Aoraki was to be our first big mountain in New Zealand and something that Gabby and I had been looking forward to during our time in Australia. We were joined by Gabby’s cousin Adam, a ninja warrior finalist and sculptor (not sure if the two are related?) who is currently living in New Zealand. Being the last team to leave the Plateau hut and the only team without snowshoes led to something of a sense of humour failure as I flailed my way up the Linda Glacier with Gabby and Adam following in a trench. The ascent was long and surprisingly technical leading to the summit ridge and nearly involved divorce when the dreaded hanger (hungry-anger) struck Gabby. Fortunately, Adam acted as mediator pulling jelly babies out of his pocket and we enjoyed clear skies and a mind cleansing breeze from the summit.

Mt Aspiring, perhaps the most photogenic and certainly the easiest peak of the classic South Island trio, was a snatched opportunity between bad weather. I’d just dropped Gabby off at the airport in Queenstown and gone out to do some shopping. As I deliberated between the raspberry and chocolate-filled doughnuts (I went for raspberry), I realised that at only 5pm I could make it for an overnight trip to Mt Aspiring and surprise my friends Dave and Fran who would be bivouacked beneath the mountain. I made it to the Raspberry Flat car park for 6.30 and set off on my mountain bike to the Aspiring hut which is a good tip if you’re aiming for a fast return trip. At just after 10pm I came across two familiar bags next to sleeping bags at Bevan Col. So surprised was Dave to see me looming over him at that time of night he wasn’t sure if it had been a dream until I caught up with them on the way back the next morning!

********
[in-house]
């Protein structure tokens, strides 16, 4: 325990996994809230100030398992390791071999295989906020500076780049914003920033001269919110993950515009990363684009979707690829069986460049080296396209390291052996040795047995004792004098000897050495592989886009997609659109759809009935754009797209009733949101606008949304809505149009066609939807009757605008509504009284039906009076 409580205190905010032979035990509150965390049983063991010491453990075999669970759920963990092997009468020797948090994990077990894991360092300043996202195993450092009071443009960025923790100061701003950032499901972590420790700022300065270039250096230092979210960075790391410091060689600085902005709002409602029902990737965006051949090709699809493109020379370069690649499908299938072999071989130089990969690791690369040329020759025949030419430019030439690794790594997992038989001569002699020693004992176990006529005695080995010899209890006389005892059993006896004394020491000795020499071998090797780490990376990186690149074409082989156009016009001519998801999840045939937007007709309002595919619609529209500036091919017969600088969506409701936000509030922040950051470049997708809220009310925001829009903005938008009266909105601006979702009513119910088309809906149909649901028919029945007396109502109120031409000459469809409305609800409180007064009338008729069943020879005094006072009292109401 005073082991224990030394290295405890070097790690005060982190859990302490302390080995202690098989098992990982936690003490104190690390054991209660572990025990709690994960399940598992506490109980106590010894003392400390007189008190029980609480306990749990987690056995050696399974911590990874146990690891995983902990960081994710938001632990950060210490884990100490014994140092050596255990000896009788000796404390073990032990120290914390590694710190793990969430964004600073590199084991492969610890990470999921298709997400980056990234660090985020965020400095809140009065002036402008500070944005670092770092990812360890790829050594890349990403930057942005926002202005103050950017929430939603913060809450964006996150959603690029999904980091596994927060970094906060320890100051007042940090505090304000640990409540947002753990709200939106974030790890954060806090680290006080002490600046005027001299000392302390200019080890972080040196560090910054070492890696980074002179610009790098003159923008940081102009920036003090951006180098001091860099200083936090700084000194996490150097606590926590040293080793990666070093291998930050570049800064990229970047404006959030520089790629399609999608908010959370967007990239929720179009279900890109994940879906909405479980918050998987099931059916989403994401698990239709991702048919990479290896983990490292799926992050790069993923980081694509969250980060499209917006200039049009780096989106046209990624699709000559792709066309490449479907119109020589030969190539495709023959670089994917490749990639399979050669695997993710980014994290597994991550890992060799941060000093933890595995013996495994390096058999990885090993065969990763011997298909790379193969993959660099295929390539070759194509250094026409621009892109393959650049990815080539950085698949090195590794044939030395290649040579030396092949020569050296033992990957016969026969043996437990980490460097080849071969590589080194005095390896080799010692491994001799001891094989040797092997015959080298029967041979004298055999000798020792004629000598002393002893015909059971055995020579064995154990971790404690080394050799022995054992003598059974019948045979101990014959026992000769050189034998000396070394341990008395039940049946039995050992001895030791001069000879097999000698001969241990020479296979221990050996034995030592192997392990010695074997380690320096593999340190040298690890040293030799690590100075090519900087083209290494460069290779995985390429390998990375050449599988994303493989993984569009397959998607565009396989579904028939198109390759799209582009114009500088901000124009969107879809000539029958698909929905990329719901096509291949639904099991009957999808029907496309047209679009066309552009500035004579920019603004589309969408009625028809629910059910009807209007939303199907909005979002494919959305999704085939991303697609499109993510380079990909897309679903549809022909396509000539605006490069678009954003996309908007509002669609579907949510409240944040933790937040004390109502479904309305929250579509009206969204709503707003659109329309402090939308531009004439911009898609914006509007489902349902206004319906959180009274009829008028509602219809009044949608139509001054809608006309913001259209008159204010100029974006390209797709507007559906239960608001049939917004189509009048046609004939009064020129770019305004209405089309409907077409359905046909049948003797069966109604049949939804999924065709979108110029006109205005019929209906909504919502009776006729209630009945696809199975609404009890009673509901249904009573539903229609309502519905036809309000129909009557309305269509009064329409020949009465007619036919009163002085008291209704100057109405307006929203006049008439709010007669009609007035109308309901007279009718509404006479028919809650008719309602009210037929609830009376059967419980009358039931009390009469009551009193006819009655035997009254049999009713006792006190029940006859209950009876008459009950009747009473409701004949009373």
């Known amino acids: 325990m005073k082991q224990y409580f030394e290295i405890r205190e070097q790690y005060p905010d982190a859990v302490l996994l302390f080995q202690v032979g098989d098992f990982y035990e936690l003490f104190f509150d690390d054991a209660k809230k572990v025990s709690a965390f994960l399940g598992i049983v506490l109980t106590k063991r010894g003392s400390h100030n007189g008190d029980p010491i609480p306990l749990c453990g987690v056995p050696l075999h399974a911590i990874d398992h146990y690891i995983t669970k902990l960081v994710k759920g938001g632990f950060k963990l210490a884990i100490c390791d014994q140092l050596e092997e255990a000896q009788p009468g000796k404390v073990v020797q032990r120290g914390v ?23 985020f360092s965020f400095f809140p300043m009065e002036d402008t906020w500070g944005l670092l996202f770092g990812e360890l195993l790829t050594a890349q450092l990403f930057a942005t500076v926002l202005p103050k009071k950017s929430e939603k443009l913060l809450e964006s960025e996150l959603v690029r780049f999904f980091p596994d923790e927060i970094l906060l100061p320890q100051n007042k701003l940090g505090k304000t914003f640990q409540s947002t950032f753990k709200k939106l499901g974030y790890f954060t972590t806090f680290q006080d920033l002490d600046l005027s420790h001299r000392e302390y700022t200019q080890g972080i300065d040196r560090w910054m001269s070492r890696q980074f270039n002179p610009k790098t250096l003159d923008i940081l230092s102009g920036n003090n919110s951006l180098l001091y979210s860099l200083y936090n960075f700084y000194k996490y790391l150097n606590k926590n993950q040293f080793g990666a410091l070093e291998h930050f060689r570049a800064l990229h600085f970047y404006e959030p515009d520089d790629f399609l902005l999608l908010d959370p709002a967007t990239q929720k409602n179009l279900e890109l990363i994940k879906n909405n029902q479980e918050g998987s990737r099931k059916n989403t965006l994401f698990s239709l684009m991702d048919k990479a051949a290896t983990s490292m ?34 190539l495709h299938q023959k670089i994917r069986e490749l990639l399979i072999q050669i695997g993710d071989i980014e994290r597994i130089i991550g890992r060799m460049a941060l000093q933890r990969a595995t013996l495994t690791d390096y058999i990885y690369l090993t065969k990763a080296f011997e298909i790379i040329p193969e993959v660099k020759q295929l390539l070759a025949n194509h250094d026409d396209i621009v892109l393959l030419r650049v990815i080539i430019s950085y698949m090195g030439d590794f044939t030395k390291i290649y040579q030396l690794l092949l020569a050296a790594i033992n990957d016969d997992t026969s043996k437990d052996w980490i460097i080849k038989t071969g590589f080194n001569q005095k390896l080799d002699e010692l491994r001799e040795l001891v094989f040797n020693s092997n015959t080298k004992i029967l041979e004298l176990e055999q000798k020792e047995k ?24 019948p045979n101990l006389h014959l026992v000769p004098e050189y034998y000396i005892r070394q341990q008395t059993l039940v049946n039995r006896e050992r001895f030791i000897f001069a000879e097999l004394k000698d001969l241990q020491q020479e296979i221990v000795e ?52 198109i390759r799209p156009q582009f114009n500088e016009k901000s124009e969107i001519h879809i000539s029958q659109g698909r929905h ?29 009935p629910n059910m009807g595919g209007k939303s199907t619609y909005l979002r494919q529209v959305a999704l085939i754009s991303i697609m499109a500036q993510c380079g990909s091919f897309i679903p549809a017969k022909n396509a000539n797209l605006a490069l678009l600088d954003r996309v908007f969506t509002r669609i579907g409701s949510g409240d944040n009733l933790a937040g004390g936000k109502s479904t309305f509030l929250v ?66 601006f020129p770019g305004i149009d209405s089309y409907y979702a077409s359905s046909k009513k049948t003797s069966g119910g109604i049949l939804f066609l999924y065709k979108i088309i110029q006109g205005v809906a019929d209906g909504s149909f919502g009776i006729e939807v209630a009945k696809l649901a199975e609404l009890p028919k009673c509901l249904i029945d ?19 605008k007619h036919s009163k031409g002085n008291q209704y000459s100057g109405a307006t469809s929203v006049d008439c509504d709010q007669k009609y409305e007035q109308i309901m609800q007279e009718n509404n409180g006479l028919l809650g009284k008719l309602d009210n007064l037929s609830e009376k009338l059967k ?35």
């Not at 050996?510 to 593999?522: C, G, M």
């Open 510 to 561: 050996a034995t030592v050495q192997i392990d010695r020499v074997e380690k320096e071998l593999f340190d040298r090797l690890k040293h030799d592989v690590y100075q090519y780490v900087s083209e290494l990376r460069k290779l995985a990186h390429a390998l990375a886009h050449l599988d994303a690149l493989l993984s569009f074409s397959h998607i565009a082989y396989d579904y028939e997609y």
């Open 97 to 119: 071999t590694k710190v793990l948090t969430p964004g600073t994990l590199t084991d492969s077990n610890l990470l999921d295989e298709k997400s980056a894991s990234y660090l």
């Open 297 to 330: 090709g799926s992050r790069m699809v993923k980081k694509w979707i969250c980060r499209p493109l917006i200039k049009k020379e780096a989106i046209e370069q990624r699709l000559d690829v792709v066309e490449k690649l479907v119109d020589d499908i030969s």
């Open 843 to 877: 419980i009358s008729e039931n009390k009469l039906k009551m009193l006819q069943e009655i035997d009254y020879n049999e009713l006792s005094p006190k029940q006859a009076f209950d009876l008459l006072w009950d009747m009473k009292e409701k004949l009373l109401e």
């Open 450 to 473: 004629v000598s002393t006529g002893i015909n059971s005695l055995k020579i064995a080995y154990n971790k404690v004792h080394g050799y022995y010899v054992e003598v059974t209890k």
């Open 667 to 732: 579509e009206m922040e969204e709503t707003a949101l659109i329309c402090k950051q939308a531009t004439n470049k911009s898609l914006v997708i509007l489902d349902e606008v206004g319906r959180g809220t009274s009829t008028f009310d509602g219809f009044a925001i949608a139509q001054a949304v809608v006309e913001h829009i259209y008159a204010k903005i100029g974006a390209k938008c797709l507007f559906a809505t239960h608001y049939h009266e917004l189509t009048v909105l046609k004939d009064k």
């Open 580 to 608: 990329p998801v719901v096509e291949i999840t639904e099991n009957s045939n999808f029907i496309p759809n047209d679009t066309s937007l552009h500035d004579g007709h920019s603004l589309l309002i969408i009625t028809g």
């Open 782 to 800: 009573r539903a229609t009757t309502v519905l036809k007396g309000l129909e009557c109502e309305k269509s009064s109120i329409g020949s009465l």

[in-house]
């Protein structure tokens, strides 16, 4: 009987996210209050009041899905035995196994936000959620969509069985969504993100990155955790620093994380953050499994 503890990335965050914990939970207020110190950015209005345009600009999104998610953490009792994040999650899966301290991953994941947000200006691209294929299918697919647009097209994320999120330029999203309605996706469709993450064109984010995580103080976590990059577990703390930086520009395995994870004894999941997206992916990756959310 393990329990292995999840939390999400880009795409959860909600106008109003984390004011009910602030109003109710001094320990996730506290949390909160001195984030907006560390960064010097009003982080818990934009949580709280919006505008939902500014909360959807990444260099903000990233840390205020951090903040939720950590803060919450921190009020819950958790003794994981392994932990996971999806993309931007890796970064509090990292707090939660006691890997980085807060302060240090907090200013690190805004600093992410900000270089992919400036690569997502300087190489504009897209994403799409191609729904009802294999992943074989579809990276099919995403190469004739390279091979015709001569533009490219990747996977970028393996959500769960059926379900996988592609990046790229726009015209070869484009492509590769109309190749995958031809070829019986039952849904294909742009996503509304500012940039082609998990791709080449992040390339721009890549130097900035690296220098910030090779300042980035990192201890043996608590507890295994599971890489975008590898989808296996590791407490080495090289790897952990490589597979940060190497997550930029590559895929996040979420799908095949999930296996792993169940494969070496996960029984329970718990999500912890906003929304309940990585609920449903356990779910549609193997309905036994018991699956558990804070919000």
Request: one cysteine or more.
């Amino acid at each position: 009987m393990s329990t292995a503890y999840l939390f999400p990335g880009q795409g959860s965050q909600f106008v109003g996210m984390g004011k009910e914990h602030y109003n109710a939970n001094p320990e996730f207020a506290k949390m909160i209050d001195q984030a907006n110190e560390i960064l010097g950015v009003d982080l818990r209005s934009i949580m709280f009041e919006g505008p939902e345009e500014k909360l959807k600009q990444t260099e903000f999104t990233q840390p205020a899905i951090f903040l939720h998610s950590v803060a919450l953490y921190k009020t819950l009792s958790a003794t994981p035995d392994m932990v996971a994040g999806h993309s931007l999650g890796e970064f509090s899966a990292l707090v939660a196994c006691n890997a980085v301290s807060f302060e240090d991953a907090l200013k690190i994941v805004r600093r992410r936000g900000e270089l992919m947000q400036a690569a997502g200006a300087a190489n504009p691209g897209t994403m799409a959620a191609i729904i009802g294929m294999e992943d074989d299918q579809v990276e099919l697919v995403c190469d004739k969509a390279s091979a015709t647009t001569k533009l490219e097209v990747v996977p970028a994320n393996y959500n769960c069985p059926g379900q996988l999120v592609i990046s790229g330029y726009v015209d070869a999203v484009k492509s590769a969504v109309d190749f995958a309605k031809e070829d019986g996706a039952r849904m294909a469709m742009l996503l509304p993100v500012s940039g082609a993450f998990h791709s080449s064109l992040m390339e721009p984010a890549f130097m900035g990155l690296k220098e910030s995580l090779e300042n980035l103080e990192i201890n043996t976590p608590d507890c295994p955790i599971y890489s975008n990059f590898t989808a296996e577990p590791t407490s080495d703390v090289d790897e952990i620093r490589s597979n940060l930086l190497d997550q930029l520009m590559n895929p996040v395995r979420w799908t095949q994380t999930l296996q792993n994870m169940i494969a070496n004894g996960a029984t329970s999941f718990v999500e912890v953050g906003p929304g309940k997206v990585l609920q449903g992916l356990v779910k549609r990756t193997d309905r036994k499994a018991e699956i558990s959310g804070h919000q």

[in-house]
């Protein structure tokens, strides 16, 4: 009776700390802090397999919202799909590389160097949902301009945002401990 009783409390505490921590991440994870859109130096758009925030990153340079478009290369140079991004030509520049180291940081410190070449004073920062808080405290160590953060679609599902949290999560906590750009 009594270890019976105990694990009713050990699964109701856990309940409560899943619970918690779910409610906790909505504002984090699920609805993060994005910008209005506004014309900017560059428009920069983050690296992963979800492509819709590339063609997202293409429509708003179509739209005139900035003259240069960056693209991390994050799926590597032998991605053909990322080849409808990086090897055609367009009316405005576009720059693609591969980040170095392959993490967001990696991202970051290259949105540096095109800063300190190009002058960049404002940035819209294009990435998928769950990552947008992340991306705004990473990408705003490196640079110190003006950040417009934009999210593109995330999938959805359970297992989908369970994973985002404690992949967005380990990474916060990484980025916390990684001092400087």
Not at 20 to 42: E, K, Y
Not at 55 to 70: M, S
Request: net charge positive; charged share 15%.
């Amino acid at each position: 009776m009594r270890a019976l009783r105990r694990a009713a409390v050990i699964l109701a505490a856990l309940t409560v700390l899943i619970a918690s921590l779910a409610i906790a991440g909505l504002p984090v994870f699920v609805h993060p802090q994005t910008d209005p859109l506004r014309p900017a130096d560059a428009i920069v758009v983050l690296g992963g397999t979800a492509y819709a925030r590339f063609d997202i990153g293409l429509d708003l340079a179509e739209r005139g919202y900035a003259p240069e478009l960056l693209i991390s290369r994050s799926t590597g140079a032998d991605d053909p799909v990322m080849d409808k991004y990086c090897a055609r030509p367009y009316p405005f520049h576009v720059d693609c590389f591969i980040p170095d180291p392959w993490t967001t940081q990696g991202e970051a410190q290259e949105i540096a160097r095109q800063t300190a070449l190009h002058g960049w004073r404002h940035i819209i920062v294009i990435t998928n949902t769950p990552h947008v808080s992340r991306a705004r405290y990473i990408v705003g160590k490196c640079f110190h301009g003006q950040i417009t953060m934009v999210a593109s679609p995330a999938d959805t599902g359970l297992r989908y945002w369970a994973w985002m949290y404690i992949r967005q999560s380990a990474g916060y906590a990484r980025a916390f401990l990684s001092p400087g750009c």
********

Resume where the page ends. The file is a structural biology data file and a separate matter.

plodded across the Bonar Glacier from Bevan Col to the Colin Todd hut by headtorch, had 4 hours sleep, and set off up the spectacularly positioned North West Ridge. With some gentle scrambling up the Kangaroo step and a steady snow slope leading up to the summit, the ascent was really pleasant with expansive views of the wilderness area to the west of the mountains. On the descent I watched some Keas (alpine parrots) fly off with items of mountaineering kit left outside the hut to the curses of the alpinists below and by the time I finally got back to the stashed mountain bike, I felt ready for a change after 50km of hiking in the last 15 hours!

New Zealand offered me some great adventures in my time there and these ascents were just the tip of the iceberg of what was on offer. Whilst returning to Europe with its increased convenience of alpine mountaineering has been nice, I’ll look back on my time in New Zealand with fond memories for its wild and remote mountaineering.